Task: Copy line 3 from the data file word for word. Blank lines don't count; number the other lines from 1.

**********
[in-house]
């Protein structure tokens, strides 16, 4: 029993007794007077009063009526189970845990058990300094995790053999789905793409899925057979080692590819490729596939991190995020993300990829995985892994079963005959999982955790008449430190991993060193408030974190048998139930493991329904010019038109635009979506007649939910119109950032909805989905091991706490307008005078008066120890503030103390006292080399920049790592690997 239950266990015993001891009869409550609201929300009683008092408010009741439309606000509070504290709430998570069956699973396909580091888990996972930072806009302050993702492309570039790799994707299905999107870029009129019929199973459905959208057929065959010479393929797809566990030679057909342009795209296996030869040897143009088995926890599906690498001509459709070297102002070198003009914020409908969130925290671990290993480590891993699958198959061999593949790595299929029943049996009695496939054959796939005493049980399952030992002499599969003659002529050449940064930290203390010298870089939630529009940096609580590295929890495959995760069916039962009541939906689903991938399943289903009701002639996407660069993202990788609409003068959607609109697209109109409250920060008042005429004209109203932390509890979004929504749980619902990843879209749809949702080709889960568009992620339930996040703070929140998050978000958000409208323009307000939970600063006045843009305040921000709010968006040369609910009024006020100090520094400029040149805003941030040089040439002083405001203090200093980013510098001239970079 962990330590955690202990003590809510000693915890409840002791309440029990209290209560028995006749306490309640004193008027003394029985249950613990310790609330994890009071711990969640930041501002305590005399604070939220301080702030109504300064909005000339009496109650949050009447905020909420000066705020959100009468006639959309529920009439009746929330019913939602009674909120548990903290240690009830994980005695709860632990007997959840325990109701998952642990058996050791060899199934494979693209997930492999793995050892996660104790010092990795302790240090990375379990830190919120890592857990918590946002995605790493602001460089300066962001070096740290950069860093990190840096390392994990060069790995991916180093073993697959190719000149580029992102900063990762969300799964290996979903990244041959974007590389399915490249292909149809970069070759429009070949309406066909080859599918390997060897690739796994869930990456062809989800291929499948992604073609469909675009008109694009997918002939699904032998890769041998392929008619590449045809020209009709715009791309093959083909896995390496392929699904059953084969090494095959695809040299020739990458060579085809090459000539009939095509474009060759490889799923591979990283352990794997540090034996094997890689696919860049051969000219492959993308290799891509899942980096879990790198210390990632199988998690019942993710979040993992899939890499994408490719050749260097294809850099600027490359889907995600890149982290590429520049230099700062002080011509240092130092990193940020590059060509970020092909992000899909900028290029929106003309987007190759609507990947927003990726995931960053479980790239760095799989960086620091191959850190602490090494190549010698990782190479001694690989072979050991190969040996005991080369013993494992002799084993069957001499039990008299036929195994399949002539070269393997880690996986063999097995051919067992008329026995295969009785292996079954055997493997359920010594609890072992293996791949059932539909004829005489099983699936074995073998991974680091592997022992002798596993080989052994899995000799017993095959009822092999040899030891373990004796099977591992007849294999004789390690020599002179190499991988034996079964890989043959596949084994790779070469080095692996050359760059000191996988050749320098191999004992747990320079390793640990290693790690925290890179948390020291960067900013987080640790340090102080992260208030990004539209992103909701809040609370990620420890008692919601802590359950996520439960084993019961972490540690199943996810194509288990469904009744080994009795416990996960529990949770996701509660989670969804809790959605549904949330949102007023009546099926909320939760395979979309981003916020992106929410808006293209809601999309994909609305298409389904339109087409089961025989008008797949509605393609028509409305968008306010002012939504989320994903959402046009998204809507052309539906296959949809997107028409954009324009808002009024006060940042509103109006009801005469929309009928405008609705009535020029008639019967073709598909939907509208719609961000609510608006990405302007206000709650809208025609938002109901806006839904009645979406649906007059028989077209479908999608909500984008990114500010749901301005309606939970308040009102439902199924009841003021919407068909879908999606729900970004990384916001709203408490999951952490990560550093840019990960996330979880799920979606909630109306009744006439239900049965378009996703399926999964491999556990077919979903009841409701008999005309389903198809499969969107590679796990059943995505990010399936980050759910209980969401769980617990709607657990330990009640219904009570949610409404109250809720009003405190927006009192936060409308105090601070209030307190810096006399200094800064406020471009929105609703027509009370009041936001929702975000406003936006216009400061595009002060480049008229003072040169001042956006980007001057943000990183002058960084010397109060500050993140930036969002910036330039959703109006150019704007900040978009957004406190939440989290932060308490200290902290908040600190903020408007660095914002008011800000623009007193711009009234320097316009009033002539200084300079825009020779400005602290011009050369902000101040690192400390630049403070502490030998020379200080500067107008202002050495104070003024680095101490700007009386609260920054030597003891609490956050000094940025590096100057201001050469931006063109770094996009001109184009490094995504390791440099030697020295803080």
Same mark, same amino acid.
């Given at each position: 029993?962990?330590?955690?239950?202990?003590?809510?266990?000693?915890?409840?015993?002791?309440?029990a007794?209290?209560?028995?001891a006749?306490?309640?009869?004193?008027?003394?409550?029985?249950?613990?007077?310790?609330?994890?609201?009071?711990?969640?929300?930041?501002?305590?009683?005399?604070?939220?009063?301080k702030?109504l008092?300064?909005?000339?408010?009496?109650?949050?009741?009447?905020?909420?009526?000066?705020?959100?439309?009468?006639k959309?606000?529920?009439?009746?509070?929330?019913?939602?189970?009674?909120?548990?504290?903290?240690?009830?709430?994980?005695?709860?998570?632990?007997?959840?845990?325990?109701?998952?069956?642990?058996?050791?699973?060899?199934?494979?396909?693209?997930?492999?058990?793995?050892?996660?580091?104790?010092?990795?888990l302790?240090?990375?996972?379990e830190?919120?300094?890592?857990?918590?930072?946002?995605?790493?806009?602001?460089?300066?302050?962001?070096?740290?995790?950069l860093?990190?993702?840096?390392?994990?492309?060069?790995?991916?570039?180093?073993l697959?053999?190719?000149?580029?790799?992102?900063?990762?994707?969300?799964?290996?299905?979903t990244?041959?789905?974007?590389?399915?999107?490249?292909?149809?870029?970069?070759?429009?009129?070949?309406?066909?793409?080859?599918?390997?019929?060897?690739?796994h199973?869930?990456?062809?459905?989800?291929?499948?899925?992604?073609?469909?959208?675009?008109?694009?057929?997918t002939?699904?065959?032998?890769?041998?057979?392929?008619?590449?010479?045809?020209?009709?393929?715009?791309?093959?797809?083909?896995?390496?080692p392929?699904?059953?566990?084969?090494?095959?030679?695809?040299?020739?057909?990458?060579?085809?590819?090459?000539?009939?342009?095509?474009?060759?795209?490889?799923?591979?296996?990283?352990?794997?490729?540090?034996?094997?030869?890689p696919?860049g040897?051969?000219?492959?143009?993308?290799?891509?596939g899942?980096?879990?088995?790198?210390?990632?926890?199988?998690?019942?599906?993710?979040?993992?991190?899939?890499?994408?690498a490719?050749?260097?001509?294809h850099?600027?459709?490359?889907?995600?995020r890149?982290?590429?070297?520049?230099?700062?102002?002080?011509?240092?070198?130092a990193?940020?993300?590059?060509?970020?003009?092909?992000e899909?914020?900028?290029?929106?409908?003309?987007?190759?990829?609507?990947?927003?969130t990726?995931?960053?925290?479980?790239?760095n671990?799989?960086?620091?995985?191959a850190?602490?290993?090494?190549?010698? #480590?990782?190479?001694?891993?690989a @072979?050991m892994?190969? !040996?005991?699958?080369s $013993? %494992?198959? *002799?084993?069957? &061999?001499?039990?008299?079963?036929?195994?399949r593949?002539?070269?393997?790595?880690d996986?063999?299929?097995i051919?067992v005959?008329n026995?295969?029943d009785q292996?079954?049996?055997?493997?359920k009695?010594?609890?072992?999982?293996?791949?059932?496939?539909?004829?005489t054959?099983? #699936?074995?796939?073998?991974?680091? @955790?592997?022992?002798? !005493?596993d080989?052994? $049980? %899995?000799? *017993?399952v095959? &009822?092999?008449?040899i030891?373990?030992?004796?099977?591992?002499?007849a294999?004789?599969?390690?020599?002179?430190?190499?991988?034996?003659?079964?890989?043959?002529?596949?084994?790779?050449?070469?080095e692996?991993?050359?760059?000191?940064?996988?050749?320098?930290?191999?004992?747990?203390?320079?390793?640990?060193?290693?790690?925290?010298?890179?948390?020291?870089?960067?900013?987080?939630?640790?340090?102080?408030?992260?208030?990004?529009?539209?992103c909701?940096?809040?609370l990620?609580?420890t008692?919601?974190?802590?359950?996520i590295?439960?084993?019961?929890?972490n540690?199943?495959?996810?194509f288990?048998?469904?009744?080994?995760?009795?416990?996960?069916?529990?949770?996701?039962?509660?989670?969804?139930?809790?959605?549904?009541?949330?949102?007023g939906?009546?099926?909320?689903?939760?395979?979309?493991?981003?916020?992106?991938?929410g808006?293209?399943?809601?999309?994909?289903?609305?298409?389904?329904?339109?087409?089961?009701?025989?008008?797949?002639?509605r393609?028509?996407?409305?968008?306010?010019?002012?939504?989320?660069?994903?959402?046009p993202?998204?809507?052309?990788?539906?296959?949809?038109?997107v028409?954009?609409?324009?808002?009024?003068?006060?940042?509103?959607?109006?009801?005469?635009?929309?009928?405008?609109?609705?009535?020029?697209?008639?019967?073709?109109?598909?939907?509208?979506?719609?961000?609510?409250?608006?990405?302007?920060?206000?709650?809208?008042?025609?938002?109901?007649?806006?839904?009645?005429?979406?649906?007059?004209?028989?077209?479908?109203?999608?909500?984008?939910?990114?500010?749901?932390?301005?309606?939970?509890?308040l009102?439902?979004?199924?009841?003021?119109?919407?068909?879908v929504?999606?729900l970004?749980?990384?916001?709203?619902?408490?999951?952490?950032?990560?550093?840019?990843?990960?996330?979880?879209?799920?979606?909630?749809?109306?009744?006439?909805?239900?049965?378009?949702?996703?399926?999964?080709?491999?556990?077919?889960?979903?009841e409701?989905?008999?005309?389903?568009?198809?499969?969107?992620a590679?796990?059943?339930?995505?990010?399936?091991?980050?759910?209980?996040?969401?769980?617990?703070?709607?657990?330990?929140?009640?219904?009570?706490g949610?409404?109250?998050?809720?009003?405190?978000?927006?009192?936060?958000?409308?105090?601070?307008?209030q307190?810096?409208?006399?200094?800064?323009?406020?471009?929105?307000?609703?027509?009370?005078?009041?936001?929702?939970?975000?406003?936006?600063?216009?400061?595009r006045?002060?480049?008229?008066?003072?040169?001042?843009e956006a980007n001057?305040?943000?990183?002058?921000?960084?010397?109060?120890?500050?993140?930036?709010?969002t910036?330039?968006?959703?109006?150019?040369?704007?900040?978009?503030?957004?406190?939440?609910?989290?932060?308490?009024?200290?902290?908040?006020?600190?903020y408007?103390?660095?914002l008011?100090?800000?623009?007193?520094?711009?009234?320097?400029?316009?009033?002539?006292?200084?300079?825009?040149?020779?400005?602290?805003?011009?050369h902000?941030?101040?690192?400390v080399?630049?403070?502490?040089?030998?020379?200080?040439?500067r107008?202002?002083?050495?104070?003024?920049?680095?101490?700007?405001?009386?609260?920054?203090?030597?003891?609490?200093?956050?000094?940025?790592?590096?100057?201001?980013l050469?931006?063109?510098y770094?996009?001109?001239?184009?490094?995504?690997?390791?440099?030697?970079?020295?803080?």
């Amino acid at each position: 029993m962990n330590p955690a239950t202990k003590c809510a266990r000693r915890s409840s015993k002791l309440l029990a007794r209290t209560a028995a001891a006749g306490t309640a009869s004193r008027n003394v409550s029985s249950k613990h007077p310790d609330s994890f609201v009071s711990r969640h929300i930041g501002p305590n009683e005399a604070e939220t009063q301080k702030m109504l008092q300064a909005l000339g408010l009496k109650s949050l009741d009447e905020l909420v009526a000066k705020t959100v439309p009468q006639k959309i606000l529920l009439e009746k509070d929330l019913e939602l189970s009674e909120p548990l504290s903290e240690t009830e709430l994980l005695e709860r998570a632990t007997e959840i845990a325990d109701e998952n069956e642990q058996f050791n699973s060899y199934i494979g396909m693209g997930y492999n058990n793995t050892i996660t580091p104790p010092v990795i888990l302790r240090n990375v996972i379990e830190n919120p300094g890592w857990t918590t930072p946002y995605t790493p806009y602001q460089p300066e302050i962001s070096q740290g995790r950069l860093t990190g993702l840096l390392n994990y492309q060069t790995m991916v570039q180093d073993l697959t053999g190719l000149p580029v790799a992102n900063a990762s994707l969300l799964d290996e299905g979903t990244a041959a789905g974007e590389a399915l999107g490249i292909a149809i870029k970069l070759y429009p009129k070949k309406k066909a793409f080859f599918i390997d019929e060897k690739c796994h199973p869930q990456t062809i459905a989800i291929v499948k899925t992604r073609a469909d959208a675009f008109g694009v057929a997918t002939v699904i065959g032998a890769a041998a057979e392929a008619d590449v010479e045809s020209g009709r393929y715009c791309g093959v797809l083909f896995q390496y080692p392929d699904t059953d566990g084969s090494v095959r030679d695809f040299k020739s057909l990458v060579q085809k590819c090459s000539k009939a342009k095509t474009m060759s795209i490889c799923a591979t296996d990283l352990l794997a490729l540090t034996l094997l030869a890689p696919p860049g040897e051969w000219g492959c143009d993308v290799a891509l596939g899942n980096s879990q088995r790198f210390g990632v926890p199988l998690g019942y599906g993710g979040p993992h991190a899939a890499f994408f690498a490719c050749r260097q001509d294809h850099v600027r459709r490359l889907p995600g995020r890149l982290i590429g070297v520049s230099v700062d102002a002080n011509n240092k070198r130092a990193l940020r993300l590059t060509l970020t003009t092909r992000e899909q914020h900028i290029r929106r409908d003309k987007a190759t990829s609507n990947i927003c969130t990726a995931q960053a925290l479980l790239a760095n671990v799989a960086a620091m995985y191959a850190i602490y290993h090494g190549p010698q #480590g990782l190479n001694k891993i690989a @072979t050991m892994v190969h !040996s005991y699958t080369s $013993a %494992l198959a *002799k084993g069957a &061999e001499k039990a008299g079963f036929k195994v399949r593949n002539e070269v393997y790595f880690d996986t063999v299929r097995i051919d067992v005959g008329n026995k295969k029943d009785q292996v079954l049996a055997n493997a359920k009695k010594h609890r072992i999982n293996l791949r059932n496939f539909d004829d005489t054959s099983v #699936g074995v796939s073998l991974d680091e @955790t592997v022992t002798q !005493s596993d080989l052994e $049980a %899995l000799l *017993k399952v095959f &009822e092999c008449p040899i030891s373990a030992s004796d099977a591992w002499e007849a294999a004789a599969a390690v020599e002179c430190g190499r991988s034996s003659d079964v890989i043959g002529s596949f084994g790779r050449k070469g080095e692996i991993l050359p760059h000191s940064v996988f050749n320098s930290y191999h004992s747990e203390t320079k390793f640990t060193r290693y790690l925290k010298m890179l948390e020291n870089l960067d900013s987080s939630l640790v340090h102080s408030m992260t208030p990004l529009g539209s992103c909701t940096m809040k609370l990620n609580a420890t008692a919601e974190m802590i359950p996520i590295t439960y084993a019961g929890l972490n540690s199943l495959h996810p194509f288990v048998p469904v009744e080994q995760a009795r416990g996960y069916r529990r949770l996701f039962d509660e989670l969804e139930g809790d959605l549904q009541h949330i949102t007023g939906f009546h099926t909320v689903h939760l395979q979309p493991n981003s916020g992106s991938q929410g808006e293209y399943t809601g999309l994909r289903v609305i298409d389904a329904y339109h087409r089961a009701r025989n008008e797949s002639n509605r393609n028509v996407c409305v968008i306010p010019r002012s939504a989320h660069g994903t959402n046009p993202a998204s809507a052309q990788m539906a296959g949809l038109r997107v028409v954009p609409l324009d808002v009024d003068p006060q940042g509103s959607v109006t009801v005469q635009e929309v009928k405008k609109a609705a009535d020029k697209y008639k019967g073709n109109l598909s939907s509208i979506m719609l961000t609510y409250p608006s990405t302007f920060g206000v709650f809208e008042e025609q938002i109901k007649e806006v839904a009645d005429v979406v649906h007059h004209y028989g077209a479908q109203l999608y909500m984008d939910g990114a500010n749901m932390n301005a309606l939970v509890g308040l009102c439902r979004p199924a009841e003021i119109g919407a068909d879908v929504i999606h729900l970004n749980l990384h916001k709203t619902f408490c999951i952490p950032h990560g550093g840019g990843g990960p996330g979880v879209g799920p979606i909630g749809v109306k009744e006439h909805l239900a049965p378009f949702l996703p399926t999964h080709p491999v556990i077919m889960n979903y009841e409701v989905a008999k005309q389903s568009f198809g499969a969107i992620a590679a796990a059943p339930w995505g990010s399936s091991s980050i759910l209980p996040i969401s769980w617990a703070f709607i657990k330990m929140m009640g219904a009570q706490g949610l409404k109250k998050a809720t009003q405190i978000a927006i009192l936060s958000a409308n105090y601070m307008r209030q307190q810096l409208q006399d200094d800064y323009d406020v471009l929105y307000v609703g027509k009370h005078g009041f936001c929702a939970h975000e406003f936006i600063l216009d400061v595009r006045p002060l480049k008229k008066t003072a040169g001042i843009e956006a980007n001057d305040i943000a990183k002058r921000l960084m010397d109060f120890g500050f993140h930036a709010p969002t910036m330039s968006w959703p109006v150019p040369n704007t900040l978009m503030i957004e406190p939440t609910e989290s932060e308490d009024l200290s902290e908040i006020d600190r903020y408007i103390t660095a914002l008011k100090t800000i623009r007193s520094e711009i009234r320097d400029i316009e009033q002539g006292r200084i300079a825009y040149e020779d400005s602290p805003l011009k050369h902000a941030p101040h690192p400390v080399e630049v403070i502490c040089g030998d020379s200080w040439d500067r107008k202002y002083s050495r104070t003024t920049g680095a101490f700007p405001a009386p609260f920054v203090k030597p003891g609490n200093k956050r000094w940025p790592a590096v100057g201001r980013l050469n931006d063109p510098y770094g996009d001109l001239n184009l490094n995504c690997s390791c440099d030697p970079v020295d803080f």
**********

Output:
Same mark, same amino acid.